Michael Knight decides to leave the Foundation after being shot on a case at the Government Data Center. Accepting the young loners resignation, Devon Miles tracks down the one person who can make a ...
KITT (Knight Industries Three Thousand) is an artificially intelligent car that can hack any system, shoot weapons like a jet fighter, and use holograms to transform into other vehicles. ... See full summary »
A scientist who has created a super helicopter has defected to Libya and taken the machine with him. A secretive government agency hires an ex-Vietnam War pilot to go to Libya, steal the chopper and bring it back.
Donald P. Bellisario
In the future, guns are banned and criminals are frozen for the duration of their sentences. A recent spate of killings involving handguns brings Michael Knight back to fight for justice, ... See full summary »
Alan J. Levi
Michael Long is a crimefighter who is seriously wounded during his work. Nursed back to health by a mysterious benefactor (chairman of the Knight Industries), he regains consciousness a new man with a new face and a new name: Michael Knight. His mysterious benefactor (through the guise of associate Devon Miles) provides Michael with equipment and support so that he can continue his crime fighting work. The most notable piece of equipment supplied, is "KITT", a high-performance sports car fitted with artificial intelligence. Written by
Murray Chapman <email@example.com>
According to Brandon Tartikoff, the head of programming at NBC during the 1980s, the inspiration for the series came about when NBC executives started complaining about the problems of casting handsome leading men in TV series, because many of them couldn't act. Tartikoff and his assistant came up with a concept for a TV show called, "The Man of Six Words". Each show would begin with the leading man getting out of a woman's bed and saying, "Thank you." Occasionally, throughout the show, the leading man would say, "Okay," when receiving orders from his boss. Then he would chase down some villains and say "Freeze!" Finally, when the people he had saved from death would thank him, he would say, "You're welcome." For the rest of the show, the car would do all the talking. Although Tartikoff had meant the pitch to be a joke, the NBC executives liked the idea of a TV show about a man with a talking car, and approved it for development. See more »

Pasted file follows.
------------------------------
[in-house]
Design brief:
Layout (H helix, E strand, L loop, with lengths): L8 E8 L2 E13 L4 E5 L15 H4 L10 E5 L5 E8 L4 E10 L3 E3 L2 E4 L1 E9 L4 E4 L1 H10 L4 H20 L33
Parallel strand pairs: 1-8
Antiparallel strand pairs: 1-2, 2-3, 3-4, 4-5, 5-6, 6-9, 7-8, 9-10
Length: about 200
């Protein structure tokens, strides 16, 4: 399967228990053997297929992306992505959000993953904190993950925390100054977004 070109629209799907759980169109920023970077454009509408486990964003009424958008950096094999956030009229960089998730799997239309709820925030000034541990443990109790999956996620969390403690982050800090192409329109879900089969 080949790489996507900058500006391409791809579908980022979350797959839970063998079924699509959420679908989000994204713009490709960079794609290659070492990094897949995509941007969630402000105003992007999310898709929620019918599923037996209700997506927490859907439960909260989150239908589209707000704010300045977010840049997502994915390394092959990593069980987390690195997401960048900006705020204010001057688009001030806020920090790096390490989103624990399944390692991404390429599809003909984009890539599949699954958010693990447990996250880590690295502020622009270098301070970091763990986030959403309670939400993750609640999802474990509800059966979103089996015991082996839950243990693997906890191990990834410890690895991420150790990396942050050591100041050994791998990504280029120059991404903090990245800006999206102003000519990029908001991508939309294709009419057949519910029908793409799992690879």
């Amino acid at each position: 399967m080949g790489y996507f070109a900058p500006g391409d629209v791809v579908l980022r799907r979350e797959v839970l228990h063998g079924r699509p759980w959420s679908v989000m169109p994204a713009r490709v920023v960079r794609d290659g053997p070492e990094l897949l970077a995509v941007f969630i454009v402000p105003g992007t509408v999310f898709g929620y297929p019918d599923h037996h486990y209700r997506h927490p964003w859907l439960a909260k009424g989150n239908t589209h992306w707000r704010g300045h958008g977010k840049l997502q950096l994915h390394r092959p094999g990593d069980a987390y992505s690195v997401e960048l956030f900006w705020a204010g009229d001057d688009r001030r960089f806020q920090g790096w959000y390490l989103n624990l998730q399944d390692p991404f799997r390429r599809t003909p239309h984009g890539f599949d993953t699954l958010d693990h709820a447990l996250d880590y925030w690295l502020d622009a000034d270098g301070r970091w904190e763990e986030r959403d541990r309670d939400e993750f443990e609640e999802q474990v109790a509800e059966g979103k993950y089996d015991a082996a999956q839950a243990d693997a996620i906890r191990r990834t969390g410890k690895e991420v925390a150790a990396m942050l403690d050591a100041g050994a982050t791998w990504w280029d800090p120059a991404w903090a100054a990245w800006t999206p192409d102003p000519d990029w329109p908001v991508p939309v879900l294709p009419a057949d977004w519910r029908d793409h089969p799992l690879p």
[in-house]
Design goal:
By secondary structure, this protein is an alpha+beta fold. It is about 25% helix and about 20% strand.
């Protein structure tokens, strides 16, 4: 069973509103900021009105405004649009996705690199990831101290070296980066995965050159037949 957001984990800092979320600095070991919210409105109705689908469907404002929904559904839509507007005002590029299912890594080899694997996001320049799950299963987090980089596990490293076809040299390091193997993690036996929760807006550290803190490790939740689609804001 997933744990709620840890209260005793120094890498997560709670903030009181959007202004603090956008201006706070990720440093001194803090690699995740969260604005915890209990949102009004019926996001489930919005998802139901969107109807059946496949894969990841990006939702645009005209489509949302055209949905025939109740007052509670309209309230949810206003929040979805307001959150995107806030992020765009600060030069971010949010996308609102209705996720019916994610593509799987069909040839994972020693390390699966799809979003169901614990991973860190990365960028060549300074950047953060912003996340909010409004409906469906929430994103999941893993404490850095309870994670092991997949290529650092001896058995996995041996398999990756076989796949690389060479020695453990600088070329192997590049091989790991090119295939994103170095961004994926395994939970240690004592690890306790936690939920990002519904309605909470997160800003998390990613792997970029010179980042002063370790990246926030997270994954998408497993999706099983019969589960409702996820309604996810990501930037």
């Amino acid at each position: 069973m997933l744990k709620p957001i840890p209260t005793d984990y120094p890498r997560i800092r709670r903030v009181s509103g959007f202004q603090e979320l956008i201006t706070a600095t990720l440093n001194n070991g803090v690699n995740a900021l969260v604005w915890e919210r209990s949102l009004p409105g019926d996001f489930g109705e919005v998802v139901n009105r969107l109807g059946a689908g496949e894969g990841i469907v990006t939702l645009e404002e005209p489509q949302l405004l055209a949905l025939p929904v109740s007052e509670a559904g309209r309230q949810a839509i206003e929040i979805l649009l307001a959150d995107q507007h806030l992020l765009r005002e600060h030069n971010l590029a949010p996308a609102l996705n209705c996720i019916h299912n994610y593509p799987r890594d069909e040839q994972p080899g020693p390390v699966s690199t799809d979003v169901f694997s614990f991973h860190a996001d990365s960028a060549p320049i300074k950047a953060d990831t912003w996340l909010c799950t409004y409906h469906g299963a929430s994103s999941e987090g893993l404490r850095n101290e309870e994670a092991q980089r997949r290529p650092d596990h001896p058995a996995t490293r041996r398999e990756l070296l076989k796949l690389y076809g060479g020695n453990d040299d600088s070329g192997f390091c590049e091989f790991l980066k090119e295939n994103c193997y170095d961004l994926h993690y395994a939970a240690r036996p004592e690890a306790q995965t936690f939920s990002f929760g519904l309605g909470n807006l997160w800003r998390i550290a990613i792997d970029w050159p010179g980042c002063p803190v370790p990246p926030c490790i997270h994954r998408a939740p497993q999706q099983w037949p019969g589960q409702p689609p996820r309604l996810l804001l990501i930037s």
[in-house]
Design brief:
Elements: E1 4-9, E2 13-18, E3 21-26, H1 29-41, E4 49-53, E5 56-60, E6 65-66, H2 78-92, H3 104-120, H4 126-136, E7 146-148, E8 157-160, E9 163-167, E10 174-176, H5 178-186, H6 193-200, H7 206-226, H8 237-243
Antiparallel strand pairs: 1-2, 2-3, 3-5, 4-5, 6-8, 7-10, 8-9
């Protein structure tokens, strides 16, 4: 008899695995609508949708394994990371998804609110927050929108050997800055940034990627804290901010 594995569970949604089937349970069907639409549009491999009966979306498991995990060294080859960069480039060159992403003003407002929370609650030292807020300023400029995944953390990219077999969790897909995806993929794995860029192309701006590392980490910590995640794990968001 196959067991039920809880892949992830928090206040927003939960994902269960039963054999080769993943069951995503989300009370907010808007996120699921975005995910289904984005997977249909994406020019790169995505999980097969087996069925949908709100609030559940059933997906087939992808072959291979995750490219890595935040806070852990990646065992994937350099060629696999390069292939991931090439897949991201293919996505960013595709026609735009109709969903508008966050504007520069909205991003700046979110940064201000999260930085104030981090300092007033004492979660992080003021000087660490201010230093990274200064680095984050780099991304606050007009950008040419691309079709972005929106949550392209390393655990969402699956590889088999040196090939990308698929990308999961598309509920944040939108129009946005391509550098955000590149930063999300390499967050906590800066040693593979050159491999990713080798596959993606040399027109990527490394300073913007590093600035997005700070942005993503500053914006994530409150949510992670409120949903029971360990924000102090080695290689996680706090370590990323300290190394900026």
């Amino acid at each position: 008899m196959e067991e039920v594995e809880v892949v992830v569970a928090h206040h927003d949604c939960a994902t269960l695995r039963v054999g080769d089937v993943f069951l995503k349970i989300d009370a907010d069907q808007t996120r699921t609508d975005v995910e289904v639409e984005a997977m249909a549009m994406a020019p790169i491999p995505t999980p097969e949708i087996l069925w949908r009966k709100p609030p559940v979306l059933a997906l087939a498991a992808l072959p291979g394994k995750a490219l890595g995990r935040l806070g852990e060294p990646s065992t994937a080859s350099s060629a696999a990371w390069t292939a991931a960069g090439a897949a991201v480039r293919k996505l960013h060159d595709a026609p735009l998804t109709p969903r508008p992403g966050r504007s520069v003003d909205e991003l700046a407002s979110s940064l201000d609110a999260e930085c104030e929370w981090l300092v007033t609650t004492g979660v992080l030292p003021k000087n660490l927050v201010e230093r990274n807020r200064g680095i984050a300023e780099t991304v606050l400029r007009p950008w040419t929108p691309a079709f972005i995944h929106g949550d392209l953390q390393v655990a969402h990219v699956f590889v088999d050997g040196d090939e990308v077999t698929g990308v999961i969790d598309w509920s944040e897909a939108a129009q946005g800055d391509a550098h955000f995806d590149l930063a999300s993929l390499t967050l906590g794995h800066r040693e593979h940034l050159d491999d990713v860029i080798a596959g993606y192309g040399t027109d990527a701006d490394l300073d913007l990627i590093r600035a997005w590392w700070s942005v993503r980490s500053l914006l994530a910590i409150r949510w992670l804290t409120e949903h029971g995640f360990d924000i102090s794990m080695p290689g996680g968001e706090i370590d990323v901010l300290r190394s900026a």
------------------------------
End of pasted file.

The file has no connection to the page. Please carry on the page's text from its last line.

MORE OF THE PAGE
In many episodes, David Hasselhoff's stunt double looks absolutely nothing like him and is on screen long enough to be obvious. See more »
I was 3 years old when Knight Rider was released in 1982, I remember vaguely seeing some of the episodes when they were new. I find it puzzling that people will "nit-pic" a TV show that lasted a decent 4 years on the air, yes maybe corny to todays standards, but the show was harmless entertainment. Unlike TV programming today, at least it had it's own originality. Kids could watch it without a lot of heavy violence or nudity, (which was like none in Knight Rider. to name only a few.) on the contrary, it was very much sci-fi, as well as drama, and action. Bottom line, it's a TV show, get real folks, does anyone have imagination anymore?
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